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Scent of a Woman: Fertile Females Smell Better to Men

It is assumed that the smell plays an important role in the person we consider attractive. In fact, all experts believe that every person has their own distinctive body odor that a person finds uncomfortable or attractive.

However, many aspects of the role of the fragrance in attraction are unclear, for example, if certain women smell more attractive to men than others and if so, why is this.

A research team from the University of Bern has now found that the body odor (BO) of a woman is the mirror of her reproductive hormones attached and that men generally believe that the smell of a study is the most attractive in the Proceedings of the Royal Society B.

Research on the physical appeal of women’s faces and bodies has shown that men have a remarkable agreement on who they consider attractive or unattractive.

Evolutionary theories of attractiveness suggest that men should prefer women with evidence of high reproductive health and fertility, a condition associated with high levels of sex hormones in combination that increase the chances of conception.

Female hormones, such as estradiol and progesterone, have been associated with facial and physical irritation in women. For example, higher levels of these two substances result in larger breasts and more curved waistlines, leading to the figure in the hourglass that men prefer to investigate.

In this study, for the first time, if compared to body odds, a similar situation is investigated: An aroma that acts as a “marker” for reproduction is just like the physical properties of an indicator.

The team studied differences in body odor of women to find out if some people generally smell more than other men or about odor preference just a matter of individual taste and about the reproductive hormone levels attractiveness explains body odor of women.

The researchers conducted a rather unusual experiment where 57 lucky male volunteers were asked to smear body odor samples from the forearms of 28 different women in reproductive age. The BO samples were collected with maximum fertility (when women could become pregnant) to control the effect of the menstrual cycle on the accessibility of the odor.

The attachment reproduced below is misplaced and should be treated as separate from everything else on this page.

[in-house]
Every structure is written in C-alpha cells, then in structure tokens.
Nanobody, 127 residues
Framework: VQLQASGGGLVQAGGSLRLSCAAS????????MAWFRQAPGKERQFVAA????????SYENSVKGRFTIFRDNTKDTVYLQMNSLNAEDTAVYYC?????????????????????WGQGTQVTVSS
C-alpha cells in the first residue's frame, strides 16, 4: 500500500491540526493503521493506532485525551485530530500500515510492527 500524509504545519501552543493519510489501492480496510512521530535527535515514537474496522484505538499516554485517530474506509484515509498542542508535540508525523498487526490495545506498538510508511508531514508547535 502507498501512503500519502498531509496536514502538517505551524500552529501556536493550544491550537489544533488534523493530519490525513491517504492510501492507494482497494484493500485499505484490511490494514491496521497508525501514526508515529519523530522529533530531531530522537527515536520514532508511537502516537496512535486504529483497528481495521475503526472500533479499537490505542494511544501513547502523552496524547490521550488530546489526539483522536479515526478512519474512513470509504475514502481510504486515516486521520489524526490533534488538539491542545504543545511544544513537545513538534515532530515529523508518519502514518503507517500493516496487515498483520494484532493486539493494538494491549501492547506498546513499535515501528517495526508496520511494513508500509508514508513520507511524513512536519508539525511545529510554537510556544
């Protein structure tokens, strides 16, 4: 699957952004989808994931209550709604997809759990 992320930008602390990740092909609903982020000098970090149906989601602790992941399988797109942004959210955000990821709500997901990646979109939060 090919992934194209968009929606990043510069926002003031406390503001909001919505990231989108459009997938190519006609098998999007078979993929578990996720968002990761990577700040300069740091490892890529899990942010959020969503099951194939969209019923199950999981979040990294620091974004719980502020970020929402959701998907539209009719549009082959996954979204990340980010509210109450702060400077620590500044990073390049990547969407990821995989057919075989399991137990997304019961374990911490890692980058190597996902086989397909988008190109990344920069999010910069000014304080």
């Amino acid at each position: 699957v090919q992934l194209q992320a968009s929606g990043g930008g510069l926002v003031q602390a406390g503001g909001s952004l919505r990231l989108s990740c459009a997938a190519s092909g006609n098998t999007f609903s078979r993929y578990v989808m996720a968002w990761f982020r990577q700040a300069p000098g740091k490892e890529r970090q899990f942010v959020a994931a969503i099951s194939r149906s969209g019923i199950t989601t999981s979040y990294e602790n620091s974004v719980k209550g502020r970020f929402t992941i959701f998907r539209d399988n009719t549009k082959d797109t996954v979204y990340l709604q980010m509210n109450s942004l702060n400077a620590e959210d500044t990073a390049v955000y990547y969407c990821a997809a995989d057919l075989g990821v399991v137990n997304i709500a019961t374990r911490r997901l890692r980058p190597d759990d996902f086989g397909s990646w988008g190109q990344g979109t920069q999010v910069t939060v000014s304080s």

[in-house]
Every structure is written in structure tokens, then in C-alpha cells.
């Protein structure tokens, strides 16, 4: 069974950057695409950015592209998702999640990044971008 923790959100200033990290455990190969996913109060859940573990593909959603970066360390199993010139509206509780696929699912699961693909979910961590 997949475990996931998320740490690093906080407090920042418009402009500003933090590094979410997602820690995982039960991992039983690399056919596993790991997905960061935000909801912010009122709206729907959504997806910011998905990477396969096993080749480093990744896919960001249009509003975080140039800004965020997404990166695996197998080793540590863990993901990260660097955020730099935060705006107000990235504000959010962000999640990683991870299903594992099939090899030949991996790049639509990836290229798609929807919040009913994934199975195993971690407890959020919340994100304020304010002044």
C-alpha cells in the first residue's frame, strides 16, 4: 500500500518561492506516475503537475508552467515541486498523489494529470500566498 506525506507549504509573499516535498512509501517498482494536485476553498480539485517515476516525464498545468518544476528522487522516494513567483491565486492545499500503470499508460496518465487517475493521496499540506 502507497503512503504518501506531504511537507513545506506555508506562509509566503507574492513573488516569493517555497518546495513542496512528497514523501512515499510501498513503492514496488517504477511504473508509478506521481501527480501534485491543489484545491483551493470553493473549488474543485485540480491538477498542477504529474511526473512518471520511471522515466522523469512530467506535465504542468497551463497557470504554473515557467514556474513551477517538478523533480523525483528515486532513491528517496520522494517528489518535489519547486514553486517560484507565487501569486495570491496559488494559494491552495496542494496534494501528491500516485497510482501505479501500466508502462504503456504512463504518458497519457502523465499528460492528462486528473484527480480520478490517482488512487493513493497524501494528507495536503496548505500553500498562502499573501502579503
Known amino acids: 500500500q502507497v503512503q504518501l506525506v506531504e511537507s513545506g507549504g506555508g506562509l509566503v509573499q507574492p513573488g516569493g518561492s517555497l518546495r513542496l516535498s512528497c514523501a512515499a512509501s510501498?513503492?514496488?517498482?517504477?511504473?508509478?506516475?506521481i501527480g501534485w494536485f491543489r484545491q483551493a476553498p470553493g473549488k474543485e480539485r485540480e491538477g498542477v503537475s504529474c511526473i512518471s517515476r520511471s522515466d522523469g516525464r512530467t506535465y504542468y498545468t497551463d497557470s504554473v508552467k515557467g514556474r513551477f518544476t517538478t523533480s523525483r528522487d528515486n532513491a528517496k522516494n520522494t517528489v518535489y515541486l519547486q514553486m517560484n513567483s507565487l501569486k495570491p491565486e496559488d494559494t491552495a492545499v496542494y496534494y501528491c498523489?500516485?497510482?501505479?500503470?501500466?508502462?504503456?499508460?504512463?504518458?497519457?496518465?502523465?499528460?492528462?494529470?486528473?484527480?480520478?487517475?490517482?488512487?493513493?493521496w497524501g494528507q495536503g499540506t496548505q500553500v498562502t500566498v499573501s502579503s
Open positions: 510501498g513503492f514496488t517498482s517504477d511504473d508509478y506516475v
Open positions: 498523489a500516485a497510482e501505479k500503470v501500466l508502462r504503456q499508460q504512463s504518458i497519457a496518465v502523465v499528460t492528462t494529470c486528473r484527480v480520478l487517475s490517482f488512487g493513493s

They found that men, as physical preferences, agreed which smell was most attractive. They also found that the higher the estradiol level of a woman and the lower her progesterone level, the more attractive her smell was.

This negative relationship between progesterone levels in women and the appeal of BO may seem surprising because, as mentioned above, the hormone with the reproductive potential of a woman is related.

However, this result can be explained by the fact that smells were collected with maximum fertility when women have high estradiol levels and low progesterone levels. In essence, the men characterized the smells of the most fertile women, those with the lowest levels of estradiol and progesterone, as the most attractive.

These results indicate that the smell of the body is a sign of possible fertility, according to the researchers: the greater the fertility of a woman, the more attractive is the body’s smell for men.

In the past, there has been much debate in science about whether the body’s odor preferences are genetically based. This hypothesis states that when two people are a good genetic partner, they find the smell of others attractive. However, researchers from the last study controlled certain genetic influences and found that they did not have a significant role in assessing body odor in women.

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